Jury Trials in the Classroom

Overview

Transform your classroom into a courtroom and get ready for students to take part in a great learning adventure. The six trial simulations in this book let students delve into criminal and civil law with motivating cases that mirror situations in fairy tales, nursery rhymes, literature, and history. In the roles of attorneys, members of the jury, defendants, witnesses, and courtroom personnel, students prepare and conduct cases. They will learn to use statements of fact and ...
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Overview

Transform your classroom into a courtroom and get ready for students to take part in a great learning adventure. The six trial simulations in this book let students delve into criminal and civil law with motivating cases that mirror situations in fairy tales, nursery rhymes, literature, and history. In the roles of attorneys, members of the jury, defendants, witnesses, and courtroom personnel, students prepare and conduct cases. They will learn to use statements of fact and witness affidavits to determine guilt or innocence.

The book is divided into three sections that:

  • define the types of courts in the U.S. court system;
  • explain how to carry out a mock trial; and
  • give six ready-to-use court cases, including all necessary documents.
The court cases allow students to understand both criminal and civil trials, with three types of each case. The cases allow you to stage trials involving Hansel and Gretel, John Wilkes Booth, Little Miss Muffet, Romeo and Juliet, Jack and Jill, and Little Red Riding Hood.

Don't miss this opportunity to teach critical thinking and teach students how to weigh opposing points of view. The exciting results will motivate students to exercise their reasoning skills, polish their communication skills, and apply knowledge of the legal system. This will become one of your favorite classroom adventures.

For more judicial activities, see Step into the Courtroom and On Trial.

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Editorial Reviews

Booknews
This text first describes the use of mock trials as a tool to clarify how the US court systems work. It then offers detailed instructions on organizing six trials, both criminal and civil, based on familiar literary or historical characters. Includes sample court documents, direct and cross examination questions, and a glossary. Annotation c. by Book News, Inc., Portland, Or.
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Product Details

  • ISBN-13: 9781593630850
  • Publisher: Prufrock Press
  • Publication date: 1/28/2005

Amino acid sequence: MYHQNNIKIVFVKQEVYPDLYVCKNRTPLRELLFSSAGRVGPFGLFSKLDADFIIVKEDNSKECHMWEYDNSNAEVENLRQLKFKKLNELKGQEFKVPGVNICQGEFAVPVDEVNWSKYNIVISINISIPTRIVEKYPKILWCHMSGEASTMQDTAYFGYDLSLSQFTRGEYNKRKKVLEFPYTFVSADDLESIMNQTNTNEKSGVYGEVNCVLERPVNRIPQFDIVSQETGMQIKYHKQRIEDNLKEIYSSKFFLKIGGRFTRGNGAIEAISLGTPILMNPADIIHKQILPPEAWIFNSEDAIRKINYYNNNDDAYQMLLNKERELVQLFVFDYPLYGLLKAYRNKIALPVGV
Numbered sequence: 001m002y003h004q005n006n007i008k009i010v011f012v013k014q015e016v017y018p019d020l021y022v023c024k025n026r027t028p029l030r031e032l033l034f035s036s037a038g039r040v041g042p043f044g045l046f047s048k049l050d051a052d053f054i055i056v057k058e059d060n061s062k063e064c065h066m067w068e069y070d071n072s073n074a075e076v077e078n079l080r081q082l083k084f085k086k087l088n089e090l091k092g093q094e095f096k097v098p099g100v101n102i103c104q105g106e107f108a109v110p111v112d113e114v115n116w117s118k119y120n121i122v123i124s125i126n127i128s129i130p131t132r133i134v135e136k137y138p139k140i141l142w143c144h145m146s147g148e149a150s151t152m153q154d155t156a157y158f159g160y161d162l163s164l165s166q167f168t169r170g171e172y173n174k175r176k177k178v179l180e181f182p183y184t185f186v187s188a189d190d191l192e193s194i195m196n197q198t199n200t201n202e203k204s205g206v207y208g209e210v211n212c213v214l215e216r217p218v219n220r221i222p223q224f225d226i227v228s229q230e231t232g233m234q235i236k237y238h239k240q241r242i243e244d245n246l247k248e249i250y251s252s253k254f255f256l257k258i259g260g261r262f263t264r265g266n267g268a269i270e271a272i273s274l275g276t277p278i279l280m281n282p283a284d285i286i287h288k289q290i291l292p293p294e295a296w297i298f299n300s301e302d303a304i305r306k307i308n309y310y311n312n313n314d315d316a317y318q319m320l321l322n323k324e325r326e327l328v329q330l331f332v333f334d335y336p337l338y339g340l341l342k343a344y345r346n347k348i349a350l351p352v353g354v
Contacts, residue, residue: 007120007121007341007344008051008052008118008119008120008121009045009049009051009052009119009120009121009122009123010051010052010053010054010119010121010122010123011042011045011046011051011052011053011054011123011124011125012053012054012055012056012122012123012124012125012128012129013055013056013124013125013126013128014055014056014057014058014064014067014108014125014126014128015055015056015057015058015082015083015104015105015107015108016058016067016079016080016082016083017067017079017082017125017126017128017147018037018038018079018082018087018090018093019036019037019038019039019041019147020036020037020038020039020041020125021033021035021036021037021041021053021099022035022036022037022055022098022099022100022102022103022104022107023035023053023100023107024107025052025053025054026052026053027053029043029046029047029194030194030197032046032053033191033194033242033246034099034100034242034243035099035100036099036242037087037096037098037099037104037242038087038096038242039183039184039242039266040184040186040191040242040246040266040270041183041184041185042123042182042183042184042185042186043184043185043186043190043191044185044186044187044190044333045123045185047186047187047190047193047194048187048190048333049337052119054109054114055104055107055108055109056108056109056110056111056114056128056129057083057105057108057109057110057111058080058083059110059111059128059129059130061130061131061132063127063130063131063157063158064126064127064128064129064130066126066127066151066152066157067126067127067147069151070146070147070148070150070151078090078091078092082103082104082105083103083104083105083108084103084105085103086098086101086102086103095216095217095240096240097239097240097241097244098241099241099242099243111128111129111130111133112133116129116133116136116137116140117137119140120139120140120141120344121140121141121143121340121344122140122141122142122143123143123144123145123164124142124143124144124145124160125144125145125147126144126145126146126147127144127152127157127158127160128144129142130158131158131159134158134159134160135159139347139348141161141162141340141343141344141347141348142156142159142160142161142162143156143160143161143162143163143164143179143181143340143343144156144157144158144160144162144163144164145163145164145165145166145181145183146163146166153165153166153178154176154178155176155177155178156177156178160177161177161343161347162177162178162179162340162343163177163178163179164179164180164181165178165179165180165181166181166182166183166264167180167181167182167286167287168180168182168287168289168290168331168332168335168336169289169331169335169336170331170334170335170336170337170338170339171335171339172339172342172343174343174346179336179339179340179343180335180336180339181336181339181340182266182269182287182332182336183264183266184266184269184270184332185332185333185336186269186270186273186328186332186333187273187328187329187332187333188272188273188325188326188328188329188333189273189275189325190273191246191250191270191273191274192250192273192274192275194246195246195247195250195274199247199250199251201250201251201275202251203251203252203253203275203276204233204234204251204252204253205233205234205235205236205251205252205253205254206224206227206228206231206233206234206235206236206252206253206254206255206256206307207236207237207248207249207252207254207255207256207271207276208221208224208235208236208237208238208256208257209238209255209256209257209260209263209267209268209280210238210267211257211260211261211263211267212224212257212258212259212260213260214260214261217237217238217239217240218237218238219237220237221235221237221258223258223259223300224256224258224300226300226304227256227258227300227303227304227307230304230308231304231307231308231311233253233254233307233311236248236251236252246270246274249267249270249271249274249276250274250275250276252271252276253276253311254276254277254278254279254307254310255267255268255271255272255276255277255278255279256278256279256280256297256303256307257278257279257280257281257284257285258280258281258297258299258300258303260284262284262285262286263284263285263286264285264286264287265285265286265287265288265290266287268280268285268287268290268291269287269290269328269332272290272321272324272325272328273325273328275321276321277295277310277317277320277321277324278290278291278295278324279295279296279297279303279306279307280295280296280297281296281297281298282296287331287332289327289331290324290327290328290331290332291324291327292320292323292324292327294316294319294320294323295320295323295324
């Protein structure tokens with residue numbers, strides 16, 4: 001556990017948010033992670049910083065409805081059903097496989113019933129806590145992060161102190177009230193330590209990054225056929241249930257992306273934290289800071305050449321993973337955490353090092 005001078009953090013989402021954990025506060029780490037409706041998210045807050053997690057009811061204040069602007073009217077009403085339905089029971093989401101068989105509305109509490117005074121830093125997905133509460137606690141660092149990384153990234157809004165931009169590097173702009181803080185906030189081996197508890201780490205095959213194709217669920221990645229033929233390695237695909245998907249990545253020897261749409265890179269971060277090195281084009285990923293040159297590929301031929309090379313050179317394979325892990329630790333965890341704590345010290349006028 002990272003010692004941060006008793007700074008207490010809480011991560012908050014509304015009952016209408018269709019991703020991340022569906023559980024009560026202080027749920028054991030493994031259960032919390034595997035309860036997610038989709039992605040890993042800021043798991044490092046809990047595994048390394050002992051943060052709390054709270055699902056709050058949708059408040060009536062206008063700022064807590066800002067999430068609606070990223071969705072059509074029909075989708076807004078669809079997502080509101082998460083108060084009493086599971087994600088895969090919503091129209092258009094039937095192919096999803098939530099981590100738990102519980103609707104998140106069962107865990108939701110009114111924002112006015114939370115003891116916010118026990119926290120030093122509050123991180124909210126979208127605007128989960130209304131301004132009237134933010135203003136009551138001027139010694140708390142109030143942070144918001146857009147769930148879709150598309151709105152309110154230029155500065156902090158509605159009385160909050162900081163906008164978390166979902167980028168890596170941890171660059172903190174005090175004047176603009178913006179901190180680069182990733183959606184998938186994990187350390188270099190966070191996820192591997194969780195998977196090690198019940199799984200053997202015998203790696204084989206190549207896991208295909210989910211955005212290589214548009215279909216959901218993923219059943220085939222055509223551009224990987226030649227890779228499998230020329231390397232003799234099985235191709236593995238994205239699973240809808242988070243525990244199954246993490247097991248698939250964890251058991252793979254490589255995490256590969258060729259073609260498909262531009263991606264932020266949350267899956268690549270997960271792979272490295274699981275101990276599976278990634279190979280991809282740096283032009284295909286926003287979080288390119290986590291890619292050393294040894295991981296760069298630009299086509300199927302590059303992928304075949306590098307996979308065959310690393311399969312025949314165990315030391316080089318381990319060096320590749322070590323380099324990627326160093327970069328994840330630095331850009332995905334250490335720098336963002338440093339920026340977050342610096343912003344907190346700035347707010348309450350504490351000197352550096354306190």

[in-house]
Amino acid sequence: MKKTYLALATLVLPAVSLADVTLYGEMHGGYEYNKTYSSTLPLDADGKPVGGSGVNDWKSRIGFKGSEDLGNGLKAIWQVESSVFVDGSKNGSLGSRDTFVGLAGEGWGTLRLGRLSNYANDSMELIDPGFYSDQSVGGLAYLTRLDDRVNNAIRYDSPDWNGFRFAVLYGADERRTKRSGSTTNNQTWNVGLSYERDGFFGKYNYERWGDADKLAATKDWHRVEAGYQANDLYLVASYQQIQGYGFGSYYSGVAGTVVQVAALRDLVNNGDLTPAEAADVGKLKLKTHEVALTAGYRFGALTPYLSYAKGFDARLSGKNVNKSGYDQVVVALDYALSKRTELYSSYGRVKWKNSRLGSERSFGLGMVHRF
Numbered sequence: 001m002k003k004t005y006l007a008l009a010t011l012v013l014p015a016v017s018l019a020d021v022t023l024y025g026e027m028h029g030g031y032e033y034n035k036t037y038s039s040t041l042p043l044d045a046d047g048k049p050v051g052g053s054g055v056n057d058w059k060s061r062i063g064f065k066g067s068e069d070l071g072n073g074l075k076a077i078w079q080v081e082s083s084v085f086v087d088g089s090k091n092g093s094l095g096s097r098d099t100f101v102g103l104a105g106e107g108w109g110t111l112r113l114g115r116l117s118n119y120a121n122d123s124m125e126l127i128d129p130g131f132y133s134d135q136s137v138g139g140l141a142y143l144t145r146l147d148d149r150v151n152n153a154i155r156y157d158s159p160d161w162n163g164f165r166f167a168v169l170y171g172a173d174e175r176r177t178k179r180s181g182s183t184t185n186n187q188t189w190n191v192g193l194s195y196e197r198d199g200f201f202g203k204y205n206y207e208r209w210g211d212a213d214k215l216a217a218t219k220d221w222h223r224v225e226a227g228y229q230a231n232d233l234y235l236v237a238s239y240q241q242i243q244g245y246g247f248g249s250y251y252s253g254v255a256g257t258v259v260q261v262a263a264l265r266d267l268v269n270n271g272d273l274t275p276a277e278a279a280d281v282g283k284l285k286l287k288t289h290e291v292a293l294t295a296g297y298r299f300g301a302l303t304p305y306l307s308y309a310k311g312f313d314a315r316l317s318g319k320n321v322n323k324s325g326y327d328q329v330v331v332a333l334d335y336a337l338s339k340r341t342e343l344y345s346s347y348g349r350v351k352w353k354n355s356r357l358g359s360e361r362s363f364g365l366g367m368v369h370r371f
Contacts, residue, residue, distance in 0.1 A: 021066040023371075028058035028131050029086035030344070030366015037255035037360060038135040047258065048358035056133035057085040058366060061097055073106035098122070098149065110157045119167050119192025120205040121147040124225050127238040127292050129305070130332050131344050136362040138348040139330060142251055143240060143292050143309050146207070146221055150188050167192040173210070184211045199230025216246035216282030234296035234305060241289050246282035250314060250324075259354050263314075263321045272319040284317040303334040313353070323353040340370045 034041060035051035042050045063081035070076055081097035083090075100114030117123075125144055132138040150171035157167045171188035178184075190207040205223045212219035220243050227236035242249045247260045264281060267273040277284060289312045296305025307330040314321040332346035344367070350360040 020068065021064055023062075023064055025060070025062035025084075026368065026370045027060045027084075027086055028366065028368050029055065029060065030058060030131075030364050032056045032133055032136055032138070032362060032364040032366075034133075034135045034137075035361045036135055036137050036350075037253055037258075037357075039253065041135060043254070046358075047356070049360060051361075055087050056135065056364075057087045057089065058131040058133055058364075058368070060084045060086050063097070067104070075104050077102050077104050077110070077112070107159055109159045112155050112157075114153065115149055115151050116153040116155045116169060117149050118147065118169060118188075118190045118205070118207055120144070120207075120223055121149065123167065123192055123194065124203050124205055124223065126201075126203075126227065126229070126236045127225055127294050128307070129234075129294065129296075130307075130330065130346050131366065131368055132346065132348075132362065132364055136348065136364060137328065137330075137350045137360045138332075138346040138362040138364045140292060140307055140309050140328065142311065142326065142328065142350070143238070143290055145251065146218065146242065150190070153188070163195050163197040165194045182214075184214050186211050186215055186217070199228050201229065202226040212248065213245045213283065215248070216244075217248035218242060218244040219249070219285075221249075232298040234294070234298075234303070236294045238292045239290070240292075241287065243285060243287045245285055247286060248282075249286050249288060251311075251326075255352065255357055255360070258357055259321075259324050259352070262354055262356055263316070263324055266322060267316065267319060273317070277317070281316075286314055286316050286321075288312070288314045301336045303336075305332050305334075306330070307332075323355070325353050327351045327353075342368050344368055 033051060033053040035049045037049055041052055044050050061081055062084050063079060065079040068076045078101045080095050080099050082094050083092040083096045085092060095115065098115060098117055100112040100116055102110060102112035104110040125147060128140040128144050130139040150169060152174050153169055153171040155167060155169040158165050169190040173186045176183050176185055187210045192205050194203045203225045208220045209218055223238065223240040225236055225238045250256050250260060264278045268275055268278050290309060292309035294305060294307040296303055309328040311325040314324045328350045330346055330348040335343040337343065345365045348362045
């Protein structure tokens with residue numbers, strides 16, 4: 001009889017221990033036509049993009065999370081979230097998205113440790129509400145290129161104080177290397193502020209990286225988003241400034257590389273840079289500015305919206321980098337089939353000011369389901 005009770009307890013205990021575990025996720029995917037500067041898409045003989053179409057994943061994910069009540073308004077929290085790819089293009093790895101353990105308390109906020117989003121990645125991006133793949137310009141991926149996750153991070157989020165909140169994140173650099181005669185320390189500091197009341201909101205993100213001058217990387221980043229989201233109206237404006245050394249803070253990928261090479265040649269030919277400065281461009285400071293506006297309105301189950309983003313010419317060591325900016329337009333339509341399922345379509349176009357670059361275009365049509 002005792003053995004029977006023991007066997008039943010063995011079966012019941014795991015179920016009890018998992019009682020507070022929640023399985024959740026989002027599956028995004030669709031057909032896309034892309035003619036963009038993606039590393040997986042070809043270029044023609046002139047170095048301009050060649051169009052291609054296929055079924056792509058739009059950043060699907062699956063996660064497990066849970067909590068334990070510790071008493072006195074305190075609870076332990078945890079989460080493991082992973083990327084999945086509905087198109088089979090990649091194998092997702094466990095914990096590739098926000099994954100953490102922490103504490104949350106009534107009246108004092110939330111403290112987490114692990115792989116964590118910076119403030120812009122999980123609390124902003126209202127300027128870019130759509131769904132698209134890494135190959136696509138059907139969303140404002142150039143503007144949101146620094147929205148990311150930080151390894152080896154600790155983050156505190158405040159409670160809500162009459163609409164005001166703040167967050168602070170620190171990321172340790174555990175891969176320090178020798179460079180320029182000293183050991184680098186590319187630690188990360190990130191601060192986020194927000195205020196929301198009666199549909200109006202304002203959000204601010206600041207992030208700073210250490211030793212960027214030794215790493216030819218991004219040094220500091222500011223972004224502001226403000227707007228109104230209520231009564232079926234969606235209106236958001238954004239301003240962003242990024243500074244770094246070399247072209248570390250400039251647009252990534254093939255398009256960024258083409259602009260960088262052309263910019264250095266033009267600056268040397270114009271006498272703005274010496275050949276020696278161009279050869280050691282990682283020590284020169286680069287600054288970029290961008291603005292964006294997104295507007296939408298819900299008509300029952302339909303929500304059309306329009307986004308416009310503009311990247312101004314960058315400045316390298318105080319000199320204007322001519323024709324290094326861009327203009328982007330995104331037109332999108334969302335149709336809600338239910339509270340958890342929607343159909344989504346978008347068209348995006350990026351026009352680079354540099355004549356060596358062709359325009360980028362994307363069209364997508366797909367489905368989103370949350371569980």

• Pages: 160
  • Age range: 10 - 13 Years
  • Product dimensions: 8.48 (w) x 10.96 (h) x 0.39 (d)

Meet the Author

Betty M. See returned to college after the youngest of her four children entered kindergarten. She earned her bachelor's degree in English and master's degree in reading. She has had a varied teaching career. She taught seventh and eighth grade language arts, was a middle school classroom teacher, teaching all subject areas, and for 10 years worked with gifted students in grades 3-8 in Little Falls, NJ.

At each of these levels, she often used simulation activities to help students become involved in the learning process. In 1992, she received an A+ for Kids Teacher Network Award for a simulation activity, Celebrating Our Heritage.

Mock trials were among the favorite activities of her students, gifted and others alike. Finding little prepared material suitable for her students, she wrote trials using characters familiar to the students. These trials were the basis for her successful first book, Jury Trials in the Classroom. Her second book, Electing the President, started as a simulation to help students understand the election process when See taught fourth-grade social studies. Later she adapted it for gifted students into a schoolwide project for an actual presidential election. Her students proportionally allocated electoral votes to different classes and tabulated both popular and electoral results. Responses from classroom teachers were positive, stating that this simulation helped students understand the electoral college concept and how the president was elected. Her most recent book, More Jury Trials in the Classroom was published in 2007. As with the first book, she has created trials in which the participants are familiar. As before, there also is an added an element of humor to further pique the interest of the students.

See has retired from the classroom, but has never given up her love of teaching and writing. She and her husband, Bob, retired to Florida and live at the Leeward Air Ranch, where he flies his Piper Archer, and she is editor of the community newsletter. In addition to editing, she regularly submits humorous columns about aviation and life in general.

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Table of Contents

List of Illustrations
Acknowledgments
Introduction
Pt. 1 Building a Foundation
1 Mock Trials as a Teaching Tool 3
2 Court Systems of the United States 7
Pt. 2 Structuring the Mock Trial
3 Planning Your Mock Trial 15
4 Conducting a Mock Trial 23
Pt. 3 Trials for Classroom Use
5 Criminal Trials 37
6 Civil Trials 101
Glossary of Law Terms 155
Topic Index 159
About the Author 162
About the Legal Advisor 163
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